Introduction and Objectives: The development of inhibitors is the most serious complication in the treatment of hemophilia and the management of inhibitors remains challenging. Activated prothrombin complex concentrate, AICC [FEIBA NF], has been a key therapeutic option for the prevention and management of bleedings in patients with inhibitors for over three decades and has been approved in more than 60 countries with a prophylaxis indication in more than 40. Launched in 2008, FEIBA NF is essentially the same as the previous formulation of FEIBA (VH) but with an additional viral removal step (35 nm nano-filtration) added during the final stages of the manufacturing process. Materials and Methods: FEIBA NF PASS was developed to prospectively monitor, in routine practice, the safety and effectiveness of FEIBA NF in the treatment of subjects with hemophilia and inhibitors. This prospective, observational surveillance program documented adverse events (AEs) and hemostatic effectiveness with FEIBA NF. An additional aim was to identify best practices in managing hemophiliacs with inhibitors on regular FEIBA prophylaxis. An electronic data collection system was utilized to monitor the safety and effectiveness of FEIBA NF in subjects for 12  2 months. Informed consent was obtained for all patients and the study was conducted according to the Declaration of Helsinki and its amendments. Results: The study was conducted in 36 sites in eight countries in Europe (EU). The last subject was added to the study in July, 2013 and database lock occurred in September, 2013. Complete data on 75 patients is available. At enrollment, 84% of patients had been diagnosed with congenital hemophilia A, 13% with acquired hemophilia A and 3% with congenital hemophilia B. At screening, 43 subjects were prescribed regular prophylaxis and 32 were prescribed on-demand treatment for bleeding episodes. Overall hemostatic efficacy rating by physicians was excellent or good for 91% of patients. Three related serious adverse events (hemarthrosis, catheter related infection, and thrombophlebitis superficial) have been reported, all associated with on demand treatment. Conclusions: FEIBA NF PASS has provided an opportunity to collect data on hemophilic patients with inhibitors during routine care, and serves as an invaluable tool for documenting the safety and effectiveness of FEIBA NF in a variety of clinical settings including prophylaxis, surgery and bleed management during ITI.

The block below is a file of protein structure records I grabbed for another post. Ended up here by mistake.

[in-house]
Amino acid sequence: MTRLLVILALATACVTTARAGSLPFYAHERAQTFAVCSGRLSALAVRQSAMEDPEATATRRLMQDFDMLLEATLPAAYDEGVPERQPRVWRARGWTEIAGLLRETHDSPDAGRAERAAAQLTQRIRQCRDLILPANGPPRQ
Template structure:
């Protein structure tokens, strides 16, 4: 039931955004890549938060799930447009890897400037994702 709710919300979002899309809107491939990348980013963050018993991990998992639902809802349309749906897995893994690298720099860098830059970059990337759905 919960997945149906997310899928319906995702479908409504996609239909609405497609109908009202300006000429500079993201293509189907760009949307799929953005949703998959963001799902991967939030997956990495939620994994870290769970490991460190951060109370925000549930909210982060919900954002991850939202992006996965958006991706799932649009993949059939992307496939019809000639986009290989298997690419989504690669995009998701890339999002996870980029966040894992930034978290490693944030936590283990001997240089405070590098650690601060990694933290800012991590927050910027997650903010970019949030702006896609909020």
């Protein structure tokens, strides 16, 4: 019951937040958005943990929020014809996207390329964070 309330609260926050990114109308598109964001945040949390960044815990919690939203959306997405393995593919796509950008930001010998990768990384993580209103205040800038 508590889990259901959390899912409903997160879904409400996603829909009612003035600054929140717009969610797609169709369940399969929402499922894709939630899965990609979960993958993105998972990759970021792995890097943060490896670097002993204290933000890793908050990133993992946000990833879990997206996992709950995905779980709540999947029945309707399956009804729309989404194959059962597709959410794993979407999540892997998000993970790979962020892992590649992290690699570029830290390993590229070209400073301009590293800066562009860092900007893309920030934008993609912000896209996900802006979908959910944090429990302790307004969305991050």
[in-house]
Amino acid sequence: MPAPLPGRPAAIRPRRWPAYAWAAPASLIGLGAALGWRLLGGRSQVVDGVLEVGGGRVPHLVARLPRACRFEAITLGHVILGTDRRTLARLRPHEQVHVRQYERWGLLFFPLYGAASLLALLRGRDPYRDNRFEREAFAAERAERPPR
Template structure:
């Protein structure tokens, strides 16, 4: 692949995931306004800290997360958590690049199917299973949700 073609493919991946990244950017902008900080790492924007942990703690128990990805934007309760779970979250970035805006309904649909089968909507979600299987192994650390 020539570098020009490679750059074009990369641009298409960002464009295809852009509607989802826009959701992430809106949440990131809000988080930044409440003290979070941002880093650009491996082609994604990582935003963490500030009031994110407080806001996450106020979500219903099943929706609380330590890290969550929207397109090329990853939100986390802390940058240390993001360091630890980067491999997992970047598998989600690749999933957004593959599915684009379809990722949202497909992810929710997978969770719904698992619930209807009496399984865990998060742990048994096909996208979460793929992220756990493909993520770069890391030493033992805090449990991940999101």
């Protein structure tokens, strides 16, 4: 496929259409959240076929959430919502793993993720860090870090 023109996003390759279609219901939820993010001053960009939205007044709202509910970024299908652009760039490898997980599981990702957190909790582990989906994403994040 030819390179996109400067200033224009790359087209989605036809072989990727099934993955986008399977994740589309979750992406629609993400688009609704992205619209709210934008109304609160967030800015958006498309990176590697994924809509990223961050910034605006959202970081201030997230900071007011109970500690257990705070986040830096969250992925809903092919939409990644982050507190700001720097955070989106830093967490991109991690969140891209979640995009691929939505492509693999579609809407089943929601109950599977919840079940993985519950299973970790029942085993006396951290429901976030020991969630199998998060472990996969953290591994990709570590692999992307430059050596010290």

Data from a prospective post-authorization safety surveillance study in 384 hemophilia A patients in Japan with the antihemophilic factor (recombinant) plasma / albumin-free method demonstrates safety and efficacy